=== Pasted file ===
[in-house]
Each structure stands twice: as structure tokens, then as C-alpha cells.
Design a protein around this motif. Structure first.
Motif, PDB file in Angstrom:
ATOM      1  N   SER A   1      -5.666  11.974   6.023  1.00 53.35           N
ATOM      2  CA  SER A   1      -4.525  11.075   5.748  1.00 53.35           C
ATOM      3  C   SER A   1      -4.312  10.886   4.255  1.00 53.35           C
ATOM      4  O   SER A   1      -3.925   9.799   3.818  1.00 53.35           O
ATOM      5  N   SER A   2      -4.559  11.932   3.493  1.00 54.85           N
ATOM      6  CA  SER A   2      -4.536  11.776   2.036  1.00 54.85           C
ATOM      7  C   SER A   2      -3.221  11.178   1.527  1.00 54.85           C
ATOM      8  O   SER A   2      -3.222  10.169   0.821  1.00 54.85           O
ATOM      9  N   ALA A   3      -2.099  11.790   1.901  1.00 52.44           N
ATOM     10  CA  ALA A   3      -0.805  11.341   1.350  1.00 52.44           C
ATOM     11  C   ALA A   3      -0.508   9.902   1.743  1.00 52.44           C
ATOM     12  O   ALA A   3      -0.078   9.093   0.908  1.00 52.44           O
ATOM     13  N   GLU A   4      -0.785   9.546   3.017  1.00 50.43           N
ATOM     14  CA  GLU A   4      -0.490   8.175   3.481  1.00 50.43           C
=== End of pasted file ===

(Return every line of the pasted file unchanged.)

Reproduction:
[in-house]
Each structure stands twice: as structure tokens, then as C-alpha cells.
Design a protein around this motif. Structure first.
Motif, PDB file in Angstrom:
ATOM      1  N   SER A   1      -5.666  11.974   6.023  1.00 53.35           N
ATOM      2  CA  SER A   1      -4.525  11.075   5.748  1.00 53.35           C
ATOM      3  C   SER A   1      -4.312  10.886   4.255  1.00 53.35           C
ATOM      4  O   SER A   1      -3.925   9.799   3.818  1.00 53.35           O
ATOM      5  N   SER A   2      -4.559  11.932   3.493  1.00 54.85           N
ATOM      6  CA  SER A   2      -4.536  11.776   2.036  1.00 54.85           C
ATOM      7  C   SER A   2      -3.221  11.178   1.527  1.00 54.85           C
ATOM      8  O   SER A   2      -3.222  10.169   0.821  1.00 54.85           O
ATOM      9  N   ALA A   3      -2.099  11.790   1.901  1.00 52.44           N
ATOM     10  CA  ALA A   3      -0.805  11.341   1.350  1.00 52.44           C
ATOM     11  C   ALA A   3      -0.508   9.902   1.743  1.00 52.44           C
ATOM     12  O   ALA A   3      -0.078   9.093   0.908  1.00 52.44           O
ATOM     13  N   GLU A   4      -0.785   9.546   3.017  1.00 50.43           N
ATOM     14  CA  GLU A   4      -0.490   8.175   3.481  1.00 50.43           C